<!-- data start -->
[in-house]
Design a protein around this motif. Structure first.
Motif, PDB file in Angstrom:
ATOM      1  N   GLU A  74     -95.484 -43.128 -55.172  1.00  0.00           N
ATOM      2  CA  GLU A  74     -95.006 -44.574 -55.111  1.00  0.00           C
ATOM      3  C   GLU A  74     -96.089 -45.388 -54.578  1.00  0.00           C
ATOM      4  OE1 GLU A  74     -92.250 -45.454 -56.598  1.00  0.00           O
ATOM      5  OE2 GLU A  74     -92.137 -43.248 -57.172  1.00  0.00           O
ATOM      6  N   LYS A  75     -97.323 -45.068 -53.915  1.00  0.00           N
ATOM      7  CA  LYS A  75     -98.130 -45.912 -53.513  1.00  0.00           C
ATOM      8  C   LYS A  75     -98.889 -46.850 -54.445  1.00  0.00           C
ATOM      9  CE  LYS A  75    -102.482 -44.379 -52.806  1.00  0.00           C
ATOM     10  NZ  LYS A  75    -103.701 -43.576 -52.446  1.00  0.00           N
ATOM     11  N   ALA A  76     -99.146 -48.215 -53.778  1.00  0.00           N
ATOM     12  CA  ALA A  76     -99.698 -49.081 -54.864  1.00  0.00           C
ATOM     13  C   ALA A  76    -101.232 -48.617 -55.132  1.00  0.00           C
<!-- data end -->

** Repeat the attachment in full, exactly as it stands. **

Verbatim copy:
[in-house]
Design a protein around this motif. Structure first.
Motif, PDB file in Angstrom:
ATOM      1  N   GLU A  74     -95.484 -43.128 -55.172  1.00  0.00           N
ATOM      2  CA  GLU A  74     -95.006 -44.574 -55.111  1.00  0.00           C
ATOM      3  C   GLU A  74     -96.089 -45.388 -54.578  1.00  0.00           C
ATOM      4  OE1 GLU A  74     -92.250 -45.454 -56.598  1.00  0.00           O
ATOM      5  OE2 GLU A  74     -92.137 -43.248 -57.172  1.00  0.00           O
ATOM      6  N   LYS A  75     -97.323 -45.068 -53.915  1.00  0.00           N
ATOM      7  CA  LYS A  75     -98.130 -45.912 -53.513  1.00  0.00           C
ATOM      8  C   LYS A  75     -98.889 -46.850 -54.445  1.00  0.00           C
ATOM      9  CE  LYS A  75    -102.482 -44.379 -52.806  1.00  0.00           C
ATOM     10  NZ  LYS A  75    -103.701 -43.576 -52.446  1.00  0.00           N
ATOM     11  N   ALA A  76     -99.146 -48.215 -53.778  1.00  0.00           N
ATOM     12  CA  ALA A  76     -99.698 -49.081 -54.864  1.00  0.00           C
ATOM     13  C   ALA A  76    -101.232 -48.617 -55.132  1.00  0.00           C